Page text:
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Assistant Editor’s Note: The following article is an Op-Ed guest post from Serengeti Watch, an organization that the ATTA has supported via AdventureTravelNews in the past, as we agree that this is a sustainability issue of key importance.
China’s new president, Xi Jinping, is on the move. His first stop, Russia, second Tanzania, then South Africa and the Congo. Those of you who have followed the ongoing saga of the Serengeti know what this means…
As the illicit blood ivory trade to China clearly illustrates, massive new Chinese investment does not bode well for Africa’s wildlife. China is intent on extracting as many resources from Africa as it can. And it doesn’t attach strings to protect natural areas as Western donors often do. The Serengeti, it may turn out, is simply in the way.
In Tanzania this week, China’s president will inaugurate the construction of a new sea port at Bagamoyo. Though small, the port reflects China’s interest in shipping resources from deep inside Africa. China has had a long relationship with Tanzania, which provides an ideal outlet for neighboring landlocked countries.
As we have reported, big plans for transport corridors throughout East Africa have been thrown about for years. But now these are building momentum and coming off drawing boards.
The World Heritage Site of Lamu in Kenya is undergoing massive port development. Another new port at Mwambani harbor in Tanzania is expected to be the terminus of a railway to Lake Victoria and Uganda. See: Tanzania and Uganda sign rail pact with Chinese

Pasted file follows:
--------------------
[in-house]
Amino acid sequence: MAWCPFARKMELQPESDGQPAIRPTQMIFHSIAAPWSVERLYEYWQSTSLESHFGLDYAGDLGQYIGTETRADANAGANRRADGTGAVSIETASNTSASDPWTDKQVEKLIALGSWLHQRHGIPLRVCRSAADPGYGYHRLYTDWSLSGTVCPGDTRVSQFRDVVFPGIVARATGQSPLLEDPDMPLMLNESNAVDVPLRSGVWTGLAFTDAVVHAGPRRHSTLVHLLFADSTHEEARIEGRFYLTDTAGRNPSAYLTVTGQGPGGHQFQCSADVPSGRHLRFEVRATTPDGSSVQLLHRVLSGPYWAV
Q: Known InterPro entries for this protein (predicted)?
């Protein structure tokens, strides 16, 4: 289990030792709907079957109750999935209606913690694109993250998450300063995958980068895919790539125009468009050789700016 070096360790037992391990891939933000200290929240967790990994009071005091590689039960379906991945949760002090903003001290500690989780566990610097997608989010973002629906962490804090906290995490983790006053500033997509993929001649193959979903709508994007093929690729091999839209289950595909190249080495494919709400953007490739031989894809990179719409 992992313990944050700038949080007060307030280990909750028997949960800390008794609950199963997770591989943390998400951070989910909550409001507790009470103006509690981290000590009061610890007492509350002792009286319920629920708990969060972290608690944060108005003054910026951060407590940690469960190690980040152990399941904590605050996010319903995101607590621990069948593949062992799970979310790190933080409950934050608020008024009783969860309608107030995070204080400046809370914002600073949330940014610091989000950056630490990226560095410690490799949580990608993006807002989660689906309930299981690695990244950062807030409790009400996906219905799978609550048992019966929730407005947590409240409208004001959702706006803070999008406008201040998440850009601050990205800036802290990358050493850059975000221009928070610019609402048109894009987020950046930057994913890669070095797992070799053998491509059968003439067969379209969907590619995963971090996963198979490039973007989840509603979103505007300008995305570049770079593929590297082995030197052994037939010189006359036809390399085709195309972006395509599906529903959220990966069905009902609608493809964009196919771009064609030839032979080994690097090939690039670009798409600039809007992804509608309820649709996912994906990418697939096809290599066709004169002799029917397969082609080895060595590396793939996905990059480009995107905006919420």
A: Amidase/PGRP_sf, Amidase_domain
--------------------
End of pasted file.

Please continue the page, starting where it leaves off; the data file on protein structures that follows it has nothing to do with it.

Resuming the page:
An article in the Tanzanian press last November stated that this transport corridor…
“is expected to pass through the world famous Serengeti National Park, a development which environmentalists had vehemently opposed, arguing that with noisy trains passing through the wildlife sanctuary the ecosystem would be disrupted. This is what had caused the plan to be shelved during the reign of the late President Julius Kambarage Nyerere when the idea was first mooted in the late 80s.”
A united and vocal tourism industry offers perhaps the best hope of protecting and preserving the Serengeti and East Africa’s other natural treasures from short-sighted and ill-advised development schemes. Tour operators and other travel providers can get involved in the battle to protect the Serengeti by joining Friends of Serengeti, the travel industry arm of Serengeti Watch, today. To learn more visit their website or contact Matt Kareus at [email protected]. Adventure Travel Trade Association members will receive $100 of the annual membership fee if they join before April 30th, 2013.
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